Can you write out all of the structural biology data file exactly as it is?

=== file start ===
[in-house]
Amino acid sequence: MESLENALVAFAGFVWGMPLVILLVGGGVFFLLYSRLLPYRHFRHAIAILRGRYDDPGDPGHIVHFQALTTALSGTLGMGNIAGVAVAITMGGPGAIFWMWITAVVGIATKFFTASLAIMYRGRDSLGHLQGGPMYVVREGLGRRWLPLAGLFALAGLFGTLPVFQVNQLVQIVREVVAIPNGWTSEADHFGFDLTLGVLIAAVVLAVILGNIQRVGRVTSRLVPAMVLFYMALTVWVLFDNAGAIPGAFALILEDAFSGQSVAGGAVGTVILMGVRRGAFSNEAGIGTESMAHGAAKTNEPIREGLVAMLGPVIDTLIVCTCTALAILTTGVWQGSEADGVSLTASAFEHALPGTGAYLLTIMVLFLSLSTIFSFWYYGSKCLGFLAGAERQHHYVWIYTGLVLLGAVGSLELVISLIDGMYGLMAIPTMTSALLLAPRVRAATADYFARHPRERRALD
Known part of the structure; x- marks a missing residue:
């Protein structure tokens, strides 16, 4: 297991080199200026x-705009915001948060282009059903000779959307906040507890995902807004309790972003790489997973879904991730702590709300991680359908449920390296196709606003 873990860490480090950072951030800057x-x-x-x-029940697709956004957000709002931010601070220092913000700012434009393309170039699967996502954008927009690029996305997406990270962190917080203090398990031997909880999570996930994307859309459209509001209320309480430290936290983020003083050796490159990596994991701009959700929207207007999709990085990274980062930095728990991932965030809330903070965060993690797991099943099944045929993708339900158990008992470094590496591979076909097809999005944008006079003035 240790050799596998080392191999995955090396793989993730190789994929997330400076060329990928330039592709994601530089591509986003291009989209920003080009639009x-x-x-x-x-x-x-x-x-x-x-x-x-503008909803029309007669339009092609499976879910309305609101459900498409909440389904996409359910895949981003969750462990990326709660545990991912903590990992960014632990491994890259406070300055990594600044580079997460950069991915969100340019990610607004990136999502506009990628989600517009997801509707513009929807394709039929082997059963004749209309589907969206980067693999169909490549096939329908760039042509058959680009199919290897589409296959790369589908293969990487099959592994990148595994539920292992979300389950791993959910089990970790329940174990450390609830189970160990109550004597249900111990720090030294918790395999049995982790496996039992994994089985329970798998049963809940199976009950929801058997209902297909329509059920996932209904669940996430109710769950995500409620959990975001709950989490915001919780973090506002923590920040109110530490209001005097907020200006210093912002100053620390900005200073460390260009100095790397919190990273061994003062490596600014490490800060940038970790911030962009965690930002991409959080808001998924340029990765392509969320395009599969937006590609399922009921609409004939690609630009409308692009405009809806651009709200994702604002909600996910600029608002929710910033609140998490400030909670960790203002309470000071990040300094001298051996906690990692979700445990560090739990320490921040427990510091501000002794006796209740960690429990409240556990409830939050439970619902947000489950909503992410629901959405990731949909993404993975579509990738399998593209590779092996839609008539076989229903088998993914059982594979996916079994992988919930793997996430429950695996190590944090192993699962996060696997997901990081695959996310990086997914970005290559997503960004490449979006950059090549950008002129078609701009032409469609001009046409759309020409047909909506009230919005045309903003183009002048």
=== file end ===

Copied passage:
[in-house]
Amino acid sequence: MESLENALVAFAGFVWGMPLVILLVGGGVFFLLYSRLLPYRHFRHAIAILRGRYDDPGDPGHIVHFQALTTALSGTLGMGNIAGVAVAITMGGPGAIFWMWITAVVGIATKFFTASLAIMYRGRDSLGHLQGGPMYVVREGLGRRWLPLAGLFALAGLFGTLPVFQVNQLVQIVREVVAIPNGWTSEADHFGFDLTLGVLIAAVVLAVILGNIQRVGRVTSRLVPAMVLFYMALTVWVLFDNAGAIPGAFALILEDAFSGQSVAGGAVGTVILMGVRRGAFSNEAGIGTESMAHGAAKTNEPIREGLVAMLGPVIDTLIVCTCTALAILTTGVWQGSEADGVSLTASAFEHALPGTGAYLLTIMVLFLSLSTIFSFWYYGSKCLGFLAGAERQHHYVWIYTGLVLLGAVGSLELVISLIDGMYGLMAIPTMTSALLLAPRVRAATADYFARHPRERRALD
Known part of the structure; x- marks a missing residue:
């Protein structure tokens, strides 16, 4: 297991080199200026x-705009915001948060282009059903000779959307906040507890995902807004309790972003790489997973879904991730702590709300991680359908449920390296196709606003 873990860490480090950072951030800057x-x-x-x-029940697709956004957000709002931010601070220092913000700012434009393309170039699967996502954008927009690029996305997406990270962190917080203090398990031997909880999570996930994307859309459209509001209320309480430290936290983020003083050796490159990596994991701009959700929207207007999709990085990274980062930095728990991932965030809330903070965060993690797991099943099944045929993708339900158990008992470094590496591979076909097809999005944008006079003035 240790050799596998080392191999995955090396793989993730190789994929997330400076060329990928330039592709994601530089591509986003291009989209920003080009639009x-x-x-x-x-x-x-x-x-x-x-x-x-503008909803029309007669339009092609499976879910309305609101459900498409909440389904996409359910895949981003969750462990990326709660545990991912903590990992960014632990491994890259406070300055990594600044580079997460950069991915969100340019990610607004990136999502506009990628989600517009997801509707513009929807394709039929082997059963004749209309589907969206980067693999169909490549096939329908760039042509058959680009199919290897589409296959790369589908293969990487099959592994990148595994539920292992979300389950791993959910089990970790329940174990450390609830189970160990109550004597249900111990720090030294918790395999049995982790496996039992994994089985329970798998049963809940199976009950929801058997209902297909329509059920996932209904669940996430109710769950995500409620959990975001709950989490915001919780973090506002923590920040109110530490209001005097907020200006210093912002100053620390900005200073460390260009100095790397919190990273061994003062490596600014490490800060940038970790911030962009965690930002991409959080808001998924340029990765392509969320395009599969937006590609399922009921609409004939690609630009409308692009405009809806651009709200994702604002909600996910600029608002929710910033609140998490400030909670960790203002309470000071990040300094001298051996906690990692979700445990560090739990320490921040427990510091501000002794006796209740960690429990409240556990409830939050439970619902947000489950909503992410629901959405990731949909993404993975579509990738399998593209590779092996839609008539076989229903088998993914059982594979996916079994992988919930793997996430429950695996190590944090192993699962996060696997997901990081695959996310990086997914970005290559997503960004490449979006950059090549950008002129078609701009032409469609001009046409759309020409047909909506009230919005045309903003183009002048």